Studies of hsp70 gene expression in different organisms from temperature-contrasting climatic zones have allowed to describe characteristic features of this system functioning under normal physiological conditions and stress [7, 34, 37, 39, 69, 70, 71, 72, 73]. In this regard, we should recall the pioneering work of Ulmasov et al. [71] who showed that the level of Hsp70 in the body of desert, temperature-resistant lizards changes characteristically depending on the ambient temperature during the day. Adaptive changes in the level of Hsp70 expression depending on the season were also shown in other studies [74, 75], indicating the ecological importance of Hsps synthesis in natural populations. It should be emphasized that constitutive expression of inducible Hsp70 genes in different species from arid zones or regions with sharply changing temperatures during the day is probably the main feature characteristic for such species. This phenomenon has been described for such different groups of animals as lizards, ants, flies, tidal zone dwellers, Baikal amphipods, etc. [7, 32, 33, 34, 37, 39, 69, 70, 71, 72, 73].

The constitutive expression of Hsp70 and other chaperones in the cells of thermoresistant species apparently allows such forms to maintain proteostasis and function normally under high temperatures without switching on additional adaptogenic systems. An alternative system of regulation of hsp70 genes has usually been observed in temperate forms, that are rarely exposed to sharp temperature fluctuations. In such species, of which Drosophila is a typical example, under normal temperature conditions Hsp70 synthesis is at a low, difficult-to-detect level, but when temperature or other stress influences are increased, rapid and intense activation of all hsp genes and, in particular, of the hsp70 gene battery is observed [76]. Rapid and intense induction of Hsp70 in Drosophila species apparently determines their ability to acclimatize. Drosophila species inhabiting habitats with higher temperatures are characterized by a larger number of hsp70 genes, a compact organization of their clusters, “stronger” promoters, and, consequently, more powerful induction of Hsp70 with increasing temperature, compared to species inhabiting temperate habitats [58, 77, 78]. It should be noted that a low, basal level of Hsp70 observed in Drosophila species is still, apparently, necessary for the normal functioning of flies under non-extreme physiological conditions. Thus, it has been shown that D. melanogaster flies with deletion of all copies of hsp70 genes have impaired survival after severe HS, as well as a tendency to develop various neurodegenerative processes [79]. It has also been demonstrated that males of this strain with deleted hsp70 genes have completely impaired memory and learning ability; moreover, low irradiation resulted in reduced viability in flies lacking hsp70 genes [80, 81]. It should be noted, that the observed patterns of Hsp70 synthesis of the “Drosophila type” characterized by the low constitutive synthesis of Hsp70 under normal physiological conditions and the “Lizard and Ant type”, when a pronounced constitutive synthesis of Hsp70 is observed in the cells of arid zone animals, by no means exhaust the spectrum of eukaryotic genome response to extreme environmental conditions. Several examples from different animal groups were described that do not fit into this simple scheme [82, 83, 84, 85]. For example, it was shown that selected D. melanogaster flies capable of living and reproducing at 31 °C are characterized by lower Hsp70 induction during HS compared to other strains of this species [86, 87]. Cold-living (e.g., Antarctic) species that dwelled for millions of years under stable low-temperature conditions and completely lost the ability to induce hsp genes when temperature rises have also been described [83]. Such forms are characterized by a loss of canonical HSEs within hsps promoters [88] (Fig. 1A).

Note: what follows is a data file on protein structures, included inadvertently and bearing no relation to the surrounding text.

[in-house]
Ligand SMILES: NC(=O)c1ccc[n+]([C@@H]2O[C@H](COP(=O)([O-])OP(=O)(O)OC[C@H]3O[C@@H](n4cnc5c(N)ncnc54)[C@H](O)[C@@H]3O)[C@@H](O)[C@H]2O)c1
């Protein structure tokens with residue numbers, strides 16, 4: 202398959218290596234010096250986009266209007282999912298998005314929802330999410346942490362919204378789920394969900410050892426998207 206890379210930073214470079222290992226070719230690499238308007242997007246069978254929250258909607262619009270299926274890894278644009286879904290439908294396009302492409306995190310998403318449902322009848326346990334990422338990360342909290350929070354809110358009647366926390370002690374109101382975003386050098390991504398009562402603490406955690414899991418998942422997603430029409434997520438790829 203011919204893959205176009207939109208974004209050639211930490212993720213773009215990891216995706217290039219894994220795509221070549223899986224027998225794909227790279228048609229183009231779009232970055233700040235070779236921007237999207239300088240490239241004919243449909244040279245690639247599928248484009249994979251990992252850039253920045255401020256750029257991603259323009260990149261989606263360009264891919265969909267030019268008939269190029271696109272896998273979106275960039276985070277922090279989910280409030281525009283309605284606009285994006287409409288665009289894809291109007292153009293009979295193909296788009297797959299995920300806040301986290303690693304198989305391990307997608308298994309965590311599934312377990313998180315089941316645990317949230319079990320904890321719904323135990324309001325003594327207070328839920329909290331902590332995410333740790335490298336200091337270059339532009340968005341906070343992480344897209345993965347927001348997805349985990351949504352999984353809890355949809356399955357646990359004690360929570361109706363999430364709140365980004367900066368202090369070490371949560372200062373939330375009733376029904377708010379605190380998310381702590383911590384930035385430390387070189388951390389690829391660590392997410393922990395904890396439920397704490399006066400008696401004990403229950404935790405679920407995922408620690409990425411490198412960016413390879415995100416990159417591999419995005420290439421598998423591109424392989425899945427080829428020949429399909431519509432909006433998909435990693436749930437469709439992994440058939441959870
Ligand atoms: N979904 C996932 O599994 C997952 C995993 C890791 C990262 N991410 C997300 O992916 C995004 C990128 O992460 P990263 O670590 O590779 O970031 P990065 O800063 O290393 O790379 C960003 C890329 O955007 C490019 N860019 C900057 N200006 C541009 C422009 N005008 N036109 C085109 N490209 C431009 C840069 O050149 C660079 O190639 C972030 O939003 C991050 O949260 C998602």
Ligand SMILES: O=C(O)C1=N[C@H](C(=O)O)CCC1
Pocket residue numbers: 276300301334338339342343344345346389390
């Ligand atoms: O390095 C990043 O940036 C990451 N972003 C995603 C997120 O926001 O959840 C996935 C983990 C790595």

Fig. 1.

Peculiarities of heat shock response regulation in organisms that dwell in temperature contrasting habitats. (A) Cold-living (obligate cryophiles) Antarctic forms dwelling in stable low-temperature conditions lost the ability to induce hsp genes when the temperature rises due to loss of HSE sequences within hsp genes promoters. (B) Species living in a temperate climate zone with rare sharp temperature fluctuations normally synthesize low levels of Hsps, that are dramatically induced after HS. (C) Extremophiles, thermoresistant species living in hot climates and constitutively synthesize high levels of Hsp70, which increases slightly after HS. HSF* - in some species from the group of obligate cryophiles, the ability to activate HSF is lost due to mutations in the hsf gene.

It should be noted that the hsp70 genes system present in all eukaryotic organisms is a complex, well-tuned adaptive mechanism that underwent millions of years of evolution, and any experimental manipulation with this balanced system can lead to unpredictable consequences. For example, transgenic Drosophila strains with the experimentally increased number of hsp70 copies have reduced viability and other developmental disorders [89].